Select Committee on Work and Pensions Written Evidence


Memorandum submitted by Cedric Knight after the publication of the Welfare Reform Green Paper

  I am responding to the Committee as a result of the Green Paper, "A new deal for welfare: Empowering people to work".

  1.  Firstly, I am rather disappointed that the consultation time for the document is only about three weeks [This referred to the time between publication of the Green Paper and deadline for the Committee's consultation. I will advertise the DWP's 21 April deadline, although its consultation is on very limited areas. I am the newsletter editor for Fellowship of Depressives Anonymous, a small national self-help organisation, and I think it would have been vastly preferable if there had been time for information about the consultation to be circulated among networks such as ours to allow the people potentially affected to comment. I am responding, however, in a personal capacity.

  2.  While I have never personally been on incapacity or sickness benefits myself, I can say that there is already great concern among users at the various mental health agencies where I volunteer. Practically everyone I know through these schemes would love to work, both for self-esteem and their personal means, although many have attempted to do so in periods of relative wellness and it has precipitated relapse or worse. There is therefore panic in response to what may have been heard on the news—both about the recurrent stress of the All-Work tests (perceived as being carried out in a biased, unsympathetic way that is ignorant of episodic stress-related illnesses) and possible reductions in the benefit levels. Really, the representation in the media of the proposals could have been managed in a better way.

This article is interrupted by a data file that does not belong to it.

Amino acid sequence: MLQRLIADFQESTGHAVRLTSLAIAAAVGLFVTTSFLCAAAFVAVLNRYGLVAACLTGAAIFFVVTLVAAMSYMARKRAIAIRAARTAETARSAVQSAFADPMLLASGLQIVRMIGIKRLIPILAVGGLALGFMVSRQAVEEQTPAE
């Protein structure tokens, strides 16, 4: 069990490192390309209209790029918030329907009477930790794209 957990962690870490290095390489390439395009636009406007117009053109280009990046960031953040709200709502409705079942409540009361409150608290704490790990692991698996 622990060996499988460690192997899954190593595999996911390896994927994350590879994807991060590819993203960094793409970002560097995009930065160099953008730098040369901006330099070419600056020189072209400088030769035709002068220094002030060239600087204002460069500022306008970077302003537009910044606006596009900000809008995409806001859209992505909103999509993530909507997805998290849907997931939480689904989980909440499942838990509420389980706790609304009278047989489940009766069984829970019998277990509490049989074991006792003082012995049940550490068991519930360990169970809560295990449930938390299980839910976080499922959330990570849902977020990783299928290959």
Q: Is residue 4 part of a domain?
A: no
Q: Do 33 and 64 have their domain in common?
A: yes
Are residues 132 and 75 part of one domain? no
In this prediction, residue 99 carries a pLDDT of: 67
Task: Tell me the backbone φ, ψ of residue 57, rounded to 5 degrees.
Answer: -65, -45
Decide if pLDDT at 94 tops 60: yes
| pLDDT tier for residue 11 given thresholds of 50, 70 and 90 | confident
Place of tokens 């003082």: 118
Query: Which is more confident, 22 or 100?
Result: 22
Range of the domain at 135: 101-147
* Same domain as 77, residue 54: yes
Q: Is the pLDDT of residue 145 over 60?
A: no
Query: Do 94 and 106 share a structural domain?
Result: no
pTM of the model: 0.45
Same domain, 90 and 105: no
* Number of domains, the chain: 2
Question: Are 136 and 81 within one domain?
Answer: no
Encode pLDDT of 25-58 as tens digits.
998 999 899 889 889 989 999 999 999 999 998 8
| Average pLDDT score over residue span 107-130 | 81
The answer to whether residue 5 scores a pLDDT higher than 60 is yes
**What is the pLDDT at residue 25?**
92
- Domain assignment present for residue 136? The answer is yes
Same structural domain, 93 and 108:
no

3.  The "Work Focussed Interviews" I suspect will be not only bestressful, but about as useful as "Restart" schemes for people onJSA/IS in the early 1990s. If "Restart" reduced levels of people on Income Support, it ironically only did so by pushing large numbers onto Incapacity Benefit. Genuine understanding of individual circumstances (rather than random attacks on self-esteem by somesemi-compentent outsourced HR consultancy firm) may be possible to a degree, but not without providing some surety and removing the threats of effects on entitlement to benefits. I have accompanied people (for reasons of emotional support rather than advocacy) to medical assessments and I have observed the deleterious effects of "assessment", particularly before but even afterwards. (How would you like yourself and your livelihood and entire future to be assessed by someone in a position of power that you'd never met?) Increasing the frequency of "assessment" for people with mental health problems wouldbe, to put it bluntly, cruel, pointless, and morally wrong.

  4.  The proposed reduction of benefits to JSA levels until interviews or medical assessments have been completed is utterly illogical. People should not suffer because the benefits agency have not yet arranged an assessment—people would be punished for bureaucratic machinations out of their control, a sure recipe for "learned helplessness" (a cause of depression and anxiety). In any case, usually but not always, there would have been an assessment by the patient's own GP or psychiatrist. Right to appeal is largely welcome,but again would be highly stressful, without increased funding for advocacy organisations.